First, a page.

Megan Wilson
Writings > Black Works
Black Works & Notebooks
works by Rolando Castellon and Andrea Roxan Alegria Gonzalez

In the Decade of the Inner Child it is refreshing to find a seven year old working far beyond her years amidst the overwhelming trend of young artists in their twenties attempting to recreate their childhoods. It has become almost impossible to enter any alternative -- not-for-profit or otherwise -- space and not be confronted with some cute, sexually-charged stuffed form, whose intent is -- at best -- unknown. Initially these Gen-X images of childhood-gone-awry offered an amusing, yet disturbing glimpse into the minds of young adults from the "I'm not O.K. and neither are you" era of dysfunction. However, it has become increasingly apparent that these images have lapsed into the market-driven era of "Hey, they got a show doing that ........."

Black Works & Notebooks: works by Andrea Roxana Alegria Gonzalez and Rolando Castellon, the current exhibition at Meridian Gallery, is a playful, yet sincere alternative to these recent exhibitions featuring the works of "children." Castellon's brilliant choice to align his and his niece's work on the wall at the eye level of a seven-year-old sets the tone for this Alice in Wonderland adventure.

Like Lewis Carroll's Alice, Gonzalez's drawings reflect the mind of a precocious child trying to make sense out of the absurd world she is embarking upon. Making use of what's available to her ( probably inspired by her uncle,) Gonzalez applies black paint to old newspapers to act as both a foundation for her drawings and a means for manipulating the images from the paper itself. In Cool a pair of sensuous lips and come-hither eyes are the only remnants peaking forth from the shrouded tabloid. Adding her personal touch, Gonzalez has incorporated with crayon what appear to be cat ears and encircled the entire head with hearts. At once the effect brings to mind the image of the "cool" sexy kitty head plastered on the backpacks and lockers of today's young hipsters. In Arboles de Madera the subtle humor that is pervasive throughout most of her work is particularly at hand. Atop the partially concealed Costa Rican paper, La Nacion, Gonzalez has created what initially appears to be every environmentalist's wet dream for a public relations campaign -- a forest of trees with the cut out words "Arboles Madera" pasted in the center and the hand-written words "Proteja sus arboles"(Protect your trees) in the lower left-hand corner. However, upon closer observation, it becomes apparent that several of the trees are housing televisions in their foliage, leaving the viewer with a myriad of questions as to their function. In Fax Modelo 7235 con Dibuljos Gonzalez's young wit and sensibility are united with her exposure to the high-tech, market-driven New World Order. Seemingly appropriated to serve her own means, Gonzalez has altered the newspaper advertisement for a fax machine by painting a piece of black paper emerging from the modem with her images embellished on it.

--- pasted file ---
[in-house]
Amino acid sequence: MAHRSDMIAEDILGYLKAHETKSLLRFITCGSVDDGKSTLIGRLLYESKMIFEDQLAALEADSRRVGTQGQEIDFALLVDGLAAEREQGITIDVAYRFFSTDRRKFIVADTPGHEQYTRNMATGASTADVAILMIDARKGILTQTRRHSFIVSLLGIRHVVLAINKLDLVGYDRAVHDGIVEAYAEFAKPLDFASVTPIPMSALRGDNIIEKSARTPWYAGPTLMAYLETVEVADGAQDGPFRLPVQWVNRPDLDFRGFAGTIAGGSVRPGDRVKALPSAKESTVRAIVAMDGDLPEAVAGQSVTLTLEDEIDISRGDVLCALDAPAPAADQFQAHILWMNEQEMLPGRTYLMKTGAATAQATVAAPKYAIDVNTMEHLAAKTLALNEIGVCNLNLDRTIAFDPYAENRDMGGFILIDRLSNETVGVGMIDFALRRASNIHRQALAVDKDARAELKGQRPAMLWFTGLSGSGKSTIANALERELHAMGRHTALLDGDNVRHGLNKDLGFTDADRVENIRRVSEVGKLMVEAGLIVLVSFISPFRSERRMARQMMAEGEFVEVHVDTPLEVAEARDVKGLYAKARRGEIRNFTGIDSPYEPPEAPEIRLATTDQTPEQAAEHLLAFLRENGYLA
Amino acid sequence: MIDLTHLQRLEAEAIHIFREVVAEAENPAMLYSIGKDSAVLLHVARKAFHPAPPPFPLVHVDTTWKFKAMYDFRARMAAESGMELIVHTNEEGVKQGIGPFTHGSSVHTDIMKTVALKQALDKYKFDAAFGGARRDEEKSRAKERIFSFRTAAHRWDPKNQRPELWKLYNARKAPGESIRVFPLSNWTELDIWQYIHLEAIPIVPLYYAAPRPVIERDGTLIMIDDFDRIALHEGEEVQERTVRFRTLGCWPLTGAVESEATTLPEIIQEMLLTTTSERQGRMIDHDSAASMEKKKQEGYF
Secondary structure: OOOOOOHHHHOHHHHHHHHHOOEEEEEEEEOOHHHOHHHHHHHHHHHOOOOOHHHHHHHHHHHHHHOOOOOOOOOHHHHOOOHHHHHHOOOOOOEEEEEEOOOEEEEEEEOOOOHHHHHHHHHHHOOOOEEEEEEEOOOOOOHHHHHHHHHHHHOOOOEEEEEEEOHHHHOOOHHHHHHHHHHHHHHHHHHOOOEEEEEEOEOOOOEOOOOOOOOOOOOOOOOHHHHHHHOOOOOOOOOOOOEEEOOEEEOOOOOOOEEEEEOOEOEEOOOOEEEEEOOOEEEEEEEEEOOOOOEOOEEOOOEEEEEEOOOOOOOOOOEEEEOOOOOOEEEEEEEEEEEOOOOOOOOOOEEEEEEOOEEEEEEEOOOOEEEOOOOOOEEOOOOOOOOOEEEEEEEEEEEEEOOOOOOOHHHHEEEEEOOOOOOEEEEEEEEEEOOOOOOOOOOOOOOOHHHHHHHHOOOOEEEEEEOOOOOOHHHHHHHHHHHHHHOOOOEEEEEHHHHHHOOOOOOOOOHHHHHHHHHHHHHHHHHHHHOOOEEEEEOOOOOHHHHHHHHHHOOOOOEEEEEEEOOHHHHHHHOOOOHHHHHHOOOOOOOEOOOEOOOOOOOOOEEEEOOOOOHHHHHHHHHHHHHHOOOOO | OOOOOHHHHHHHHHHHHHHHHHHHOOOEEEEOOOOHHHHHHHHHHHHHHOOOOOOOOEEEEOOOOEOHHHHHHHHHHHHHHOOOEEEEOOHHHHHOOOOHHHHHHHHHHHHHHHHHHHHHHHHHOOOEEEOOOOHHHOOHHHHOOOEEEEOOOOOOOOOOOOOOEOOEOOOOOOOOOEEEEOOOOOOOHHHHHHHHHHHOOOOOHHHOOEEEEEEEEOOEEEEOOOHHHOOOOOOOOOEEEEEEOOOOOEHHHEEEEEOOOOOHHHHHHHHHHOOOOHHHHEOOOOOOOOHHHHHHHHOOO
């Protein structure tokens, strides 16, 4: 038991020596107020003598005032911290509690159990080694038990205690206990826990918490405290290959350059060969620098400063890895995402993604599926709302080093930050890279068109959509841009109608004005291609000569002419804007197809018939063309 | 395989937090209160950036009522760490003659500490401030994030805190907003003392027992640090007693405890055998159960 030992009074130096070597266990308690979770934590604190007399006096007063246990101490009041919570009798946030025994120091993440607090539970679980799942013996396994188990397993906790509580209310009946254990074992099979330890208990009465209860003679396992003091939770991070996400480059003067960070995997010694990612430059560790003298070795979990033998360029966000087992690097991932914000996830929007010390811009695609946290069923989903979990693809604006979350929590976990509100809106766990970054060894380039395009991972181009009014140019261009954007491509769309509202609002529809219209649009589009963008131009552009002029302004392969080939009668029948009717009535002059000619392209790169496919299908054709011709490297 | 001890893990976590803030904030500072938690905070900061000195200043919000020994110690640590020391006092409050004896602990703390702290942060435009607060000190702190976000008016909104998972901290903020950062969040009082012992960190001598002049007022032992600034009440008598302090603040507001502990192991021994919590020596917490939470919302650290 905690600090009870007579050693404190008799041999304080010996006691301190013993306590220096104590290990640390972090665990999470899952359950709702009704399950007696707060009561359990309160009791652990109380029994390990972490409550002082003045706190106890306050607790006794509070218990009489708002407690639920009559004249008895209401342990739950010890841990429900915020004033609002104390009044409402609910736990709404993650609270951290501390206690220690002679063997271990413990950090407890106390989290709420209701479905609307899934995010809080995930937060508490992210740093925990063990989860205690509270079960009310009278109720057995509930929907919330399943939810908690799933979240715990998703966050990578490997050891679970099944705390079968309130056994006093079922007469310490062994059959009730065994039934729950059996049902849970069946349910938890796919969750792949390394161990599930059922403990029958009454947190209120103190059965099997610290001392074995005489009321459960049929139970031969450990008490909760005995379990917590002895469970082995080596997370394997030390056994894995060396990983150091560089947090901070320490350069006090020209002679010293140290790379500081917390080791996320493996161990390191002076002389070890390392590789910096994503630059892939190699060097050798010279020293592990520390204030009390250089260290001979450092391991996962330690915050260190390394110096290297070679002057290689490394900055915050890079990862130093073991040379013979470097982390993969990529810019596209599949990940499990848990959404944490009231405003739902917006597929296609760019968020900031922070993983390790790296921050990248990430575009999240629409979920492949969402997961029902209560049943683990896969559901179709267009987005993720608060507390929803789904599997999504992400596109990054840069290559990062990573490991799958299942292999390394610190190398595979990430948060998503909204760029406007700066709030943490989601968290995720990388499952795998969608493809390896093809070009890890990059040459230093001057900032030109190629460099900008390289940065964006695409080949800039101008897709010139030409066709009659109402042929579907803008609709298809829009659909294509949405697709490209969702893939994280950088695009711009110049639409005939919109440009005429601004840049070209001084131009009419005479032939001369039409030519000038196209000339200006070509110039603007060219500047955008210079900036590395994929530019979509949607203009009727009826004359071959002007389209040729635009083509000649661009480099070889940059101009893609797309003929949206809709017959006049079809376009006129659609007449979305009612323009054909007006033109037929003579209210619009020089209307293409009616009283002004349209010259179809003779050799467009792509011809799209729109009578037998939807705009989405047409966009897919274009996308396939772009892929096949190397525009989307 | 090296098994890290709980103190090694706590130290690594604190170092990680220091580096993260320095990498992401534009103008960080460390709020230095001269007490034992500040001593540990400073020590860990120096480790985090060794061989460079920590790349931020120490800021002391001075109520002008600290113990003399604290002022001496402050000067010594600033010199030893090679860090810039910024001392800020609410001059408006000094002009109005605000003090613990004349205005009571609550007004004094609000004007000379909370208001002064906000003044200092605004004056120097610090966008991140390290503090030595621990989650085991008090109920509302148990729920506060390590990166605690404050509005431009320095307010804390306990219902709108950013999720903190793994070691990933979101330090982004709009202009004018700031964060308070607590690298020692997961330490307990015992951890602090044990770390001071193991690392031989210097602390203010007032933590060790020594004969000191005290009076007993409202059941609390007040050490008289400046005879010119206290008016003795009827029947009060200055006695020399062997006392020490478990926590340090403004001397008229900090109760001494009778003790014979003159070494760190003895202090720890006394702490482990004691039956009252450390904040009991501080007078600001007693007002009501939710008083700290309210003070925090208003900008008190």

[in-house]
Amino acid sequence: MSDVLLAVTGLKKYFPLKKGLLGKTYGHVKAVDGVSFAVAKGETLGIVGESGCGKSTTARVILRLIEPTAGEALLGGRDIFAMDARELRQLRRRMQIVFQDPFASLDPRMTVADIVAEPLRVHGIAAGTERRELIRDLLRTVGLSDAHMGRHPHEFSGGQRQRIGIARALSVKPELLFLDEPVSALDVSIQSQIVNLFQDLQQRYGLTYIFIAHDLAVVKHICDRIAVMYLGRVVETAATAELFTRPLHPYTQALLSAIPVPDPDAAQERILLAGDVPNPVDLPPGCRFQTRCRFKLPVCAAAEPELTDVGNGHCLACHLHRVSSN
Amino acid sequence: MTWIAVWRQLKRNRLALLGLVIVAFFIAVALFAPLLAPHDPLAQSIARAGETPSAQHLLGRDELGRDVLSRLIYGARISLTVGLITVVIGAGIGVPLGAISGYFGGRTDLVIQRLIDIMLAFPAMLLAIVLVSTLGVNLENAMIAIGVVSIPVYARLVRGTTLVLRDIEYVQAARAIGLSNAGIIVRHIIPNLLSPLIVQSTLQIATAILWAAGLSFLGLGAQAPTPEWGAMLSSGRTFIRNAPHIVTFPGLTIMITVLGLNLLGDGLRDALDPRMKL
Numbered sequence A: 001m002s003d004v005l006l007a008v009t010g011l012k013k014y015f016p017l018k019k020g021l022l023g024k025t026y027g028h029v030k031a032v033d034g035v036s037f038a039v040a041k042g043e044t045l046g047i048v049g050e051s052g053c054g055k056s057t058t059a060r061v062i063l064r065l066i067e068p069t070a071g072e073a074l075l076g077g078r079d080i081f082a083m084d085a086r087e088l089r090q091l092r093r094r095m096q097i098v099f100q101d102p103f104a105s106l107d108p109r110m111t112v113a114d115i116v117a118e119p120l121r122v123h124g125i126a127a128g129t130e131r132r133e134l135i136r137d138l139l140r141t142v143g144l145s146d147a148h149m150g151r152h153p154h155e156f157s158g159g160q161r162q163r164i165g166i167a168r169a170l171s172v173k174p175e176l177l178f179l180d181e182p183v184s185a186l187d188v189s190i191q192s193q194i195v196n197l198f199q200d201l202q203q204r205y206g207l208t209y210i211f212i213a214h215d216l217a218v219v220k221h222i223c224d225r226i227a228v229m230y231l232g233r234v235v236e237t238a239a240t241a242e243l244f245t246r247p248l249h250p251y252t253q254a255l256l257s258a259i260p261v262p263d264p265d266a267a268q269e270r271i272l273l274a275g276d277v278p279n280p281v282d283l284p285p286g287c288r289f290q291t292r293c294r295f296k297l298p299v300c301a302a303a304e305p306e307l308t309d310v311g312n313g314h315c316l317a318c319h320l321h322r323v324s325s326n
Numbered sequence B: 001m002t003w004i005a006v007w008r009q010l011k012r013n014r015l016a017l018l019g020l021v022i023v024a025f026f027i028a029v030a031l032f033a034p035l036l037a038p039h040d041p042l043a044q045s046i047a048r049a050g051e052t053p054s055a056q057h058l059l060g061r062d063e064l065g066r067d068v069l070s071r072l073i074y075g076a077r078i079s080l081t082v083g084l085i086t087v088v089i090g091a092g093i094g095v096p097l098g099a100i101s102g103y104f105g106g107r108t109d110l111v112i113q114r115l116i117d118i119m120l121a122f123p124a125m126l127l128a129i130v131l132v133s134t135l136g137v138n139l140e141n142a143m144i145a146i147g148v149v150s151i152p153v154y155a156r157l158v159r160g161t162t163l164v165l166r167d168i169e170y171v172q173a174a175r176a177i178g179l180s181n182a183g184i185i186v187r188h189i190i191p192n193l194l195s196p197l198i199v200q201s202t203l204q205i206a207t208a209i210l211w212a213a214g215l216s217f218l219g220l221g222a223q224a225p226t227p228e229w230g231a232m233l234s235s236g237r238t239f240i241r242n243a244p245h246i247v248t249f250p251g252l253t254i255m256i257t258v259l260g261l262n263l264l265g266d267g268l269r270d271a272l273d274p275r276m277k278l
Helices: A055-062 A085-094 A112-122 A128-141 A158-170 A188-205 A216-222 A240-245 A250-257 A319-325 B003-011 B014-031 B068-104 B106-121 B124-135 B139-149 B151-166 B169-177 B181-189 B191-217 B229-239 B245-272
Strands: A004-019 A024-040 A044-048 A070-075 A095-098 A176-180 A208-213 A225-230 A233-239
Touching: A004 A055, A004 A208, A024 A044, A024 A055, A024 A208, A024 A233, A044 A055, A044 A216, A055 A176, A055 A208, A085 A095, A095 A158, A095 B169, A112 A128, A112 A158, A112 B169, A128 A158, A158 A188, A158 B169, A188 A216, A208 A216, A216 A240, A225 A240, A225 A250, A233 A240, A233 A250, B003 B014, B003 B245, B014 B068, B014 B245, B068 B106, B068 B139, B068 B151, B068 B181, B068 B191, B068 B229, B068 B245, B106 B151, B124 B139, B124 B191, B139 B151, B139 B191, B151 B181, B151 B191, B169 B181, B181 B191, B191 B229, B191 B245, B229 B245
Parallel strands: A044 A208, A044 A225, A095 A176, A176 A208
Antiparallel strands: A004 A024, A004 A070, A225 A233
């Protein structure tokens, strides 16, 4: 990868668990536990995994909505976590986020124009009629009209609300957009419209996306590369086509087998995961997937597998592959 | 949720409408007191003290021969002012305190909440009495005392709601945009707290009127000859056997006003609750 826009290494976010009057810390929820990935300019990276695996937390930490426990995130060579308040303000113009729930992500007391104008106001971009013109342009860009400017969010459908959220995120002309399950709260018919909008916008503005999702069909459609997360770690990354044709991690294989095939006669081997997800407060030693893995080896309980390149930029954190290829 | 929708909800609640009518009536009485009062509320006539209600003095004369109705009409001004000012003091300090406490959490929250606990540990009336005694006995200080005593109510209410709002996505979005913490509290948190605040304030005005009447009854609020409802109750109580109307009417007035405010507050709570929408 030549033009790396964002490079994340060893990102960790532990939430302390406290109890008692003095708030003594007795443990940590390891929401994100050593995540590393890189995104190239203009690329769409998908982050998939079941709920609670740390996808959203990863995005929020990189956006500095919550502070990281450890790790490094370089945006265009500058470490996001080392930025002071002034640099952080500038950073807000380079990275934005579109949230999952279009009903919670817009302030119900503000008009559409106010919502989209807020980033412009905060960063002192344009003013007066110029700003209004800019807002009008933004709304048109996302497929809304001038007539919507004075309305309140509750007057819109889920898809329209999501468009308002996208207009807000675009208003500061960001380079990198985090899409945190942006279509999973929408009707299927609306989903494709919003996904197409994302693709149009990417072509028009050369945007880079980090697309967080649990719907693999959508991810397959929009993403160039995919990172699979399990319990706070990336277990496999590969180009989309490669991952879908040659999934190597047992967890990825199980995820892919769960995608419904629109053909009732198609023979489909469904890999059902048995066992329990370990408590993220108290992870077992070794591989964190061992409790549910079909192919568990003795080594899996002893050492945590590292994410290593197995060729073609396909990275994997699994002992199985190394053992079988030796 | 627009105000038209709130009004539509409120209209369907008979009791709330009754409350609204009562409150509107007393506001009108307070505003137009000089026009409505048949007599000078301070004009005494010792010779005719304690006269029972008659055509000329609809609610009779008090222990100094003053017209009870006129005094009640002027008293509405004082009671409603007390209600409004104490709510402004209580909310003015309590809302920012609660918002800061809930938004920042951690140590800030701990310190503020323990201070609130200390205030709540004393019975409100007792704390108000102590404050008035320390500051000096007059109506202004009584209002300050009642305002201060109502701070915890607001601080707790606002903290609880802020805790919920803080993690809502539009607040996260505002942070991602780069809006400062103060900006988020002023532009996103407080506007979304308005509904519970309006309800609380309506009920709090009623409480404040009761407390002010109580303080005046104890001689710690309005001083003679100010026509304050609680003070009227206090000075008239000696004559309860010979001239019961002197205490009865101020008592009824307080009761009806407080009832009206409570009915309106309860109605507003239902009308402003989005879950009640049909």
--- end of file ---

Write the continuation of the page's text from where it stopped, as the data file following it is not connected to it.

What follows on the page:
Coming full circle, Rolando Castellon's drawings reflect the precocious child within the wise old soul. Castellon, a San Francisco art legend, is known for his sophisticated, yet naive organic works. In these drawings, Castellon has thoughtfully stroked wisps of white paint across a field of black paper, creating what appears to be topographical map to an uncharted land. This ossicular-like netherworld is filled with whimsical figures that evoke those who are waiting within the purgatory between childhood and adulthood.

Megan Wilson